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The trial-evidence of the witnesses—Mr. Heywood's defence
-Heywood found guilty, and is sentenced to death, but re-
Heywood re-enters the navy – his gradual promotion-takes
the command of the Vulcan at Amboyna-surveys the island
Peter Heywood, the fourth son of Peter John Heywood, Esq., was born at the Nunnery, near Douglas, on the 6th of June, 1773. His father was a Deemster of the Isle of Man, and Seneschal to his Grace the Duke of Athol.
No particulars of his early years have reached us, except that he was educated by the Rev. Mr. Hunter, at Nantwich. Were it possible to trace the history of his boyish days, there is every thing in his subsequent life to inspire the belief, that he would be found honourably distinguished among his compeers by various traits of superior talent and generous disposition.
At the early age of fifteen, he entered the Naval Service, on the 11th of October, 1786. Even at that age he was the object, not only of the warmest affection, but of the entire confidence and unqualified esteem of his family. In the words of a beloved sister, who will shortly be introduced to the reader's acquaintance, “ Nothing but conviction from his own mouth could possibly persuade her,
that he would commit an action inconsistent with honour and duty.” It is certain that his behaviour and letters, under the extraordinary and awful scenes of suffering which awaited him on his very entrance into life, display a strength and nobleness of soul to which no epitaph can do justice ;—which must reflect great credit upon his domestic training, and, without other evidence, attract our respect towards that family of which he was a member. Indeed, his conduct and sentiments, whilst he was yet a boy, exhibit a spirit so rare and extraordinary, as almost to justify the conviction, that the natures of some human beings are of a superior quality, setting them at once above the common level of their species—that, in the language of the great poet of human nature, “they are born great,”—and that circumstances are but the occasions of developing this native greatness—this inherent dignity, which attaches to them from the cradle to the grave.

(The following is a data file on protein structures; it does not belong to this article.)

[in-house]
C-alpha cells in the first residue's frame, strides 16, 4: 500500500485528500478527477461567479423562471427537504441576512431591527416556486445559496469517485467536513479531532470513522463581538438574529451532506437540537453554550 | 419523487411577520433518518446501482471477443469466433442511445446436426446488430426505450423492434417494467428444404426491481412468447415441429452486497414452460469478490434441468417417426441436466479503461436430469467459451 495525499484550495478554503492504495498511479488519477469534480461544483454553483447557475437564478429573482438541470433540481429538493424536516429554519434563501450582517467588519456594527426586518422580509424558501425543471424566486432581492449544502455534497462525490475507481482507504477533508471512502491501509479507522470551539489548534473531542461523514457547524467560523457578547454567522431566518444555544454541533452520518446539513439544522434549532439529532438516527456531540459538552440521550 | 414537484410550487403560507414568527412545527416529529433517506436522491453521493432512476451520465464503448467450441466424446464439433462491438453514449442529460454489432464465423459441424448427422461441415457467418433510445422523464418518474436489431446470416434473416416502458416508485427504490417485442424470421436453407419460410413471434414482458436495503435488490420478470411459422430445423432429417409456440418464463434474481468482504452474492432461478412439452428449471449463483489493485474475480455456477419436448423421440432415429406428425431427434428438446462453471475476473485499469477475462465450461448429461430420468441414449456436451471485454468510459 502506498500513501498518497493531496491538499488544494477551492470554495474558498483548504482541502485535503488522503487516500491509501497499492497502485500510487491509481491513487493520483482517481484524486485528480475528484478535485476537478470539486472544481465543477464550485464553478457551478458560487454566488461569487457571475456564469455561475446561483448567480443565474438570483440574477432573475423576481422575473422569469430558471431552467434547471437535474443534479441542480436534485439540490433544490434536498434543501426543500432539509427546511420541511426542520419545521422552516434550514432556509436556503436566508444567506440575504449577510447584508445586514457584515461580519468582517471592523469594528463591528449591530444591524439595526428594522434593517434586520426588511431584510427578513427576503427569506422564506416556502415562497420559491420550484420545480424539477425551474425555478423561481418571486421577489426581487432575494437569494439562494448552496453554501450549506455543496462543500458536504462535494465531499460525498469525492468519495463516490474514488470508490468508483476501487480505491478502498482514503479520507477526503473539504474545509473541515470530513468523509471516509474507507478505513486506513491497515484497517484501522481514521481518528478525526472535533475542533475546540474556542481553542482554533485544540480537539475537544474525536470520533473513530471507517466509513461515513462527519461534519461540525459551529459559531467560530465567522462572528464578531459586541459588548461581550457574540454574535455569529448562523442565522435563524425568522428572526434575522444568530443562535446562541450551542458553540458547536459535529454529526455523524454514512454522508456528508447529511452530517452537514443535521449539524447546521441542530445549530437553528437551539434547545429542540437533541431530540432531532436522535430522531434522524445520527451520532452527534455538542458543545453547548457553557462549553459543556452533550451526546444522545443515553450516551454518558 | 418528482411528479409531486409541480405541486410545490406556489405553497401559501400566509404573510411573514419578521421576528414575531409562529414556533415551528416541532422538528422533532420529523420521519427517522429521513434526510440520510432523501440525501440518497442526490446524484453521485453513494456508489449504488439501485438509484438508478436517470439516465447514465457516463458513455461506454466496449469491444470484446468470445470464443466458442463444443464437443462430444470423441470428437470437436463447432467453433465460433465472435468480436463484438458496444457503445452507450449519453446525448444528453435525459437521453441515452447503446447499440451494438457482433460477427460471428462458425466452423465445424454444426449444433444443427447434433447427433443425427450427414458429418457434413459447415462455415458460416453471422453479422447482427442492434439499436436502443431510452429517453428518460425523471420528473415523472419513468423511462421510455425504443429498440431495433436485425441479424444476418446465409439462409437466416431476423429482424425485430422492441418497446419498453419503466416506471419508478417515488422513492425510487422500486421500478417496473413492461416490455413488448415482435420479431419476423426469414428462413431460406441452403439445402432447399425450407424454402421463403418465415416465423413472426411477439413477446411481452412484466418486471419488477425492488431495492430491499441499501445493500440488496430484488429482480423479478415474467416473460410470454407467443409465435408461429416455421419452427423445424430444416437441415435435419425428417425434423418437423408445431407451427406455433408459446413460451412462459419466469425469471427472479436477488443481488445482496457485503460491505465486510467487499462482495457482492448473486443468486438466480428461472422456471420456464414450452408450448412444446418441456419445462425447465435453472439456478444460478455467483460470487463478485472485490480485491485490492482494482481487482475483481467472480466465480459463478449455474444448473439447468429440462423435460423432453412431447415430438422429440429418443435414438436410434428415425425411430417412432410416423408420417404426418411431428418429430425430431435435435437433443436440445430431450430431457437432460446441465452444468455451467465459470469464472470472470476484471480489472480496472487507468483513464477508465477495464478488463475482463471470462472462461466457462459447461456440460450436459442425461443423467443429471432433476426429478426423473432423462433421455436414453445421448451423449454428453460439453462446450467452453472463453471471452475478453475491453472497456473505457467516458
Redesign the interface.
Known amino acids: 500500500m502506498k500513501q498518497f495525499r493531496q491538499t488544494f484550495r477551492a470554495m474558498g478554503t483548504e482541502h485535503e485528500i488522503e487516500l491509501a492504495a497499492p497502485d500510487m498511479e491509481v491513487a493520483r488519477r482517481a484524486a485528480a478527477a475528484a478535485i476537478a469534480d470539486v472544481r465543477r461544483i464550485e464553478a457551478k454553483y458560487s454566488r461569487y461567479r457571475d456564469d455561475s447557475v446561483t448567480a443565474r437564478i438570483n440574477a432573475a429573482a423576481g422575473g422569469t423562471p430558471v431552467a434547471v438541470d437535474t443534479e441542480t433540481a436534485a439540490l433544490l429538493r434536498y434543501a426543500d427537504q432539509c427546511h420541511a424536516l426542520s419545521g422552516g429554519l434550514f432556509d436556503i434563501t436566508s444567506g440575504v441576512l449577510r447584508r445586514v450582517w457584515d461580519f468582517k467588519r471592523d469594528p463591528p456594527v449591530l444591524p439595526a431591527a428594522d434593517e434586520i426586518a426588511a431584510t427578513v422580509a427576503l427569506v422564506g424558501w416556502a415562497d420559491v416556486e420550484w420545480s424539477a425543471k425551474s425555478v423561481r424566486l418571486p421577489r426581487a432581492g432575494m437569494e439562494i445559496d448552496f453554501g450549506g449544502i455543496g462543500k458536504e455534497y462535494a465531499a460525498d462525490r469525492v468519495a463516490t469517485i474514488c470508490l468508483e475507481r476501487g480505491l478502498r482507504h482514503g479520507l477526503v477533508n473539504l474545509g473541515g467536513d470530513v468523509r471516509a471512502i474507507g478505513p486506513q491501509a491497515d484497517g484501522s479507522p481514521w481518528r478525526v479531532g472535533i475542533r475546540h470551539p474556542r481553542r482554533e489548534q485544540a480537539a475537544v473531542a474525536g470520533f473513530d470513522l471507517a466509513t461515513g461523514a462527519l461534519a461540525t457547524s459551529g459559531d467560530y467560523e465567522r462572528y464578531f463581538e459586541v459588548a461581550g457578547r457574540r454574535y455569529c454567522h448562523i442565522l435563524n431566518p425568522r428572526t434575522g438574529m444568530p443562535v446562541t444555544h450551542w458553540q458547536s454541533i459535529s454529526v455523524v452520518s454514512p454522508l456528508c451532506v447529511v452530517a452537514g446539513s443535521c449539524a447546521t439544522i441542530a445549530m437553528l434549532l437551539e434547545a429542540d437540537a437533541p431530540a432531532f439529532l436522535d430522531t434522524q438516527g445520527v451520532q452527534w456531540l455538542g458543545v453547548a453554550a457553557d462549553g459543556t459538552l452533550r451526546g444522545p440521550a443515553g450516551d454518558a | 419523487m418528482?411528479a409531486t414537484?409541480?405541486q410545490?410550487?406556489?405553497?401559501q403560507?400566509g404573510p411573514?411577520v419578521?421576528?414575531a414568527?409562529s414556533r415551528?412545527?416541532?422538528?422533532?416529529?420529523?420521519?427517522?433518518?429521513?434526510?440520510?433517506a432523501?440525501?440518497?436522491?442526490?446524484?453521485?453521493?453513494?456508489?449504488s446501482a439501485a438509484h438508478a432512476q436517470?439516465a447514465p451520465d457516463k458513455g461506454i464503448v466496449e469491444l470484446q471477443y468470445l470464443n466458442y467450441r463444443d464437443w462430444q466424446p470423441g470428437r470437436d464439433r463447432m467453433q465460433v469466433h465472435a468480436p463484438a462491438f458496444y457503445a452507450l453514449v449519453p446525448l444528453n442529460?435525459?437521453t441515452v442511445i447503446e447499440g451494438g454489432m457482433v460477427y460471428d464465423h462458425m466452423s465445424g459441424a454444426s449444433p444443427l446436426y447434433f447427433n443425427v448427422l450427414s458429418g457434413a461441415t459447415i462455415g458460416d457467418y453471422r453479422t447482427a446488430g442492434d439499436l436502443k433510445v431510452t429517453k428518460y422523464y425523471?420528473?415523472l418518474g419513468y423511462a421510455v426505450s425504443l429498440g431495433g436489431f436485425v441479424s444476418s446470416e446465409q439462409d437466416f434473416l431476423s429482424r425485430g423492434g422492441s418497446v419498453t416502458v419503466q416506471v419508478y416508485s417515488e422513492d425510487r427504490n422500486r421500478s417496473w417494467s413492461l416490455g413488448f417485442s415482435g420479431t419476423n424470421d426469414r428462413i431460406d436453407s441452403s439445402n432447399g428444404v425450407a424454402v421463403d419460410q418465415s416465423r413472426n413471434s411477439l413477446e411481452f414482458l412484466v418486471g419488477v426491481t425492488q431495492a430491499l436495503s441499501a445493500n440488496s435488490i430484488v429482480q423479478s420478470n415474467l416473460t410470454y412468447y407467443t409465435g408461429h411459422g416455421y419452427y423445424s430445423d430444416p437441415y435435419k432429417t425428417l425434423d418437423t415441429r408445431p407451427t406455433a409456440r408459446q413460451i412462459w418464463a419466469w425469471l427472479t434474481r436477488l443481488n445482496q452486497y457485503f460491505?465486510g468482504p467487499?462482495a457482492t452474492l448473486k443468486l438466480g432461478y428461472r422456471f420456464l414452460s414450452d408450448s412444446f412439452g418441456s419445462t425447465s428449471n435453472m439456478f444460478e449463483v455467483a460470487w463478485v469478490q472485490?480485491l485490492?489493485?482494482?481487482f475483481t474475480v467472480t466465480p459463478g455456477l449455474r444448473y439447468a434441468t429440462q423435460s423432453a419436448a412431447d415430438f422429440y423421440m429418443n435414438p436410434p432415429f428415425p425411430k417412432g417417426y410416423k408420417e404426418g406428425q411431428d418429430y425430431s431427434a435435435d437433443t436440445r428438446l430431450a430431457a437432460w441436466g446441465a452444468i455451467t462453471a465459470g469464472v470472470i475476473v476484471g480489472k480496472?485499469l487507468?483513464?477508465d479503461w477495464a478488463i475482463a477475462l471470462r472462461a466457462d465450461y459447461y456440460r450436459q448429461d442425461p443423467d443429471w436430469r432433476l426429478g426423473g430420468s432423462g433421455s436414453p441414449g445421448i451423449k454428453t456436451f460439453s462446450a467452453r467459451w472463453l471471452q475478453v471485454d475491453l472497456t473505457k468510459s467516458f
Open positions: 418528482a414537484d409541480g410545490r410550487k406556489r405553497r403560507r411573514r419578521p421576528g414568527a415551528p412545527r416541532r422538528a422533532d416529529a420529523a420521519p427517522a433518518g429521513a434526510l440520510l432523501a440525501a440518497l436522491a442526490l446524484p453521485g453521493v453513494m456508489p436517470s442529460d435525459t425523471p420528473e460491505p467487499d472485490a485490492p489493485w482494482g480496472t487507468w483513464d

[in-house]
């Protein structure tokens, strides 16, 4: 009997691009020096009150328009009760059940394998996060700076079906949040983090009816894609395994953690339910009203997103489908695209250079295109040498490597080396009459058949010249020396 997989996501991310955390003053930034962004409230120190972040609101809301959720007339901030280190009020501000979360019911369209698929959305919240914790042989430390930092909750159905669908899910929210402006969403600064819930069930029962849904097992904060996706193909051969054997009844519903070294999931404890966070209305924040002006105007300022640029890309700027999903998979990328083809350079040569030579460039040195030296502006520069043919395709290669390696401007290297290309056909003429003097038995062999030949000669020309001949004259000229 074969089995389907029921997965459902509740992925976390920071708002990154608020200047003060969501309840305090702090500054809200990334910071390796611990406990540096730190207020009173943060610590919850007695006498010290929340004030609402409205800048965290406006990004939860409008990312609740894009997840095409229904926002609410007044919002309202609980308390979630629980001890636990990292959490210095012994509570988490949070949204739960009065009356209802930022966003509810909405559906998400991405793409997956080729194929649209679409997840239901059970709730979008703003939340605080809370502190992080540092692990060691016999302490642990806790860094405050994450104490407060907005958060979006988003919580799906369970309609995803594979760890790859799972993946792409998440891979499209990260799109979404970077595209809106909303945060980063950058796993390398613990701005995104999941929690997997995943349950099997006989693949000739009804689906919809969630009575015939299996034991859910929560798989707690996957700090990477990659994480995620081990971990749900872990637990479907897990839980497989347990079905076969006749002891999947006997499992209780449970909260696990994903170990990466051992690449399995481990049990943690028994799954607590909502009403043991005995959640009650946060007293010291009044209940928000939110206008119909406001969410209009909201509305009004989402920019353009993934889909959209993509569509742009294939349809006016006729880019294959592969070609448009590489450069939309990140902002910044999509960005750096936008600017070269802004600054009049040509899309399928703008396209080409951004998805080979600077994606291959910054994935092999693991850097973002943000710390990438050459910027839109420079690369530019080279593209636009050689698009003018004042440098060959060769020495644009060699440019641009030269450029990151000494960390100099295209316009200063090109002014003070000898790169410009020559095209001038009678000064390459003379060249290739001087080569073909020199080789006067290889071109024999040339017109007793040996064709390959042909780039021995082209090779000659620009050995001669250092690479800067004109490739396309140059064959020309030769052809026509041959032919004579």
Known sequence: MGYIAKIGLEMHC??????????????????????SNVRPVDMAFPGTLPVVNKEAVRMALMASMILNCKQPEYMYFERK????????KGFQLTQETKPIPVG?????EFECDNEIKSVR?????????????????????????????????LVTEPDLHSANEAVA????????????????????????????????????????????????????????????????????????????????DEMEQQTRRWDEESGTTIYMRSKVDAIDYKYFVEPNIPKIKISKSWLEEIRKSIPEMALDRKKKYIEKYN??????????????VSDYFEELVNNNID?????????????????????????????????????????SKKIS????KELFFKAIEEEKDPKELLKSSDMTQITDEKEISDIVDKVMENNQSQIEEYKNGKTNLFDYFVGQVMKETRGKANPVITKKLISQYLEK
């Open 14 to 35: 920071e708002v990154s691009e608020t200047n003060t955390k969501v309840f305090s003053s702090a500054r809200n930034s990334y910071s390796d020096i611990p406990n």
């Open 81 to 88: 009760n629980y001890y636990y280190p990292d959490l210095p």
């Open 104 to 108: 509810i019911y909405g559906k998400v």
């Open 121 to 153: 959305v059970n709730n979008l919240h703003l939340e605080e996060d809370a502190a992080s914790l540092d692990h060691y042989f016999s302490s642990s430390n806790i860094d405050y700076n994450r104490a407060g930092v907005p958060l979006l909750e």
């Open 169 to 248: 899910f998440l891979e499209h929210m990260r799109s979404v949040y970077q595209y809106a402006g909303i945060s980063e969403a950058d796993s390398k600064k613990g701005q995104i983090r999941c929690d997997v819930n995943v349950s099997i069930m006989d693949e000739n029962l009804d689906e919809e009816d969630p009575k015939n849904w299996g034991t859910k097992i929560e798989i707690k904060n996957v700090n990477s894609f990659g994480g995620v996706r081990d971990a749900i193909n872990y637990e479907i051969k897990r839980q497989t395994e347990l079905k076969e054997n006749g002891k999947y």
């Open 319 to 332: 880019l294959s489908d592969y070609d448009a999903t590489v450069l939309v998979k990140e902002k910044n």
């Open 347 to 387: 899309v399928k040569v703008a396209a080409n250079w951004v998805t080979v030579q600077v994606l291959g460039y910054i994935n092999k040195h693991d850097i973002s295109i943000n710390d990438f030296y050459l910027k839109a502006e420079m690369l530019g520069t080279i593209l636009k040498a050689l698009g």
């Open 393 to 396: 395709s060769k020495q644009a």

Peter Heywood made his first voyage as a Midshipman in the Bounty, a ship of about two hundred and fifty tons' burthen, which had been fitted up by government, under the care of Sir Joseph Bankes, for the purpose of conveying the Bread Fruit and other plants from Otaheite to the West Indies. This was done in consequence of the representations of the merchants and planters, that essential benefit would be derived from their introduction into the West-Indian colonies.
On the 23d of December, 1787, the Bounty sailed from Spithead, under the command of Lieutenant William Bligh. The melancholy issue of the voyage is very generally known. For the details of its history, the character of Bligh, and the circumstances which sowed the seeds of discord between the crew and their commander, the reader may be referred to the twenty-fifth number of the Family Library, and Marshall's Naval Biography. It suffices here to mention, that, after a hazardous and unsuccessful attempt to sail round Cape Horn, the Bounty turned away towards the Cape of Good Hope, touched in Adventure Bay, Van Diemen's Land, August the 20th, 1788, and anchored in Matavia Bay, October 26th, where she remained six months, The vessel was on her way home, laden with bread fruit and other plants, in flourishing condition, having so far fulfilled the object of her voyage, when between the hours of 4 and 8, A. M., on the 28th of April, 1789, the unhappy catastrophe, fraught with so many terrible consequences, took place.
Mr. Christian, the master's mate, who, in consequence of his skill as a seaman, had been doing lieutenant's duty the greater part of the voyage, was called at the appointed hour to relieve the watch. His mind had been deeply wounded by some angry and insulting words that had fallen from his commander in a dispute two days before ; and it appears that he had formed the design of quitting the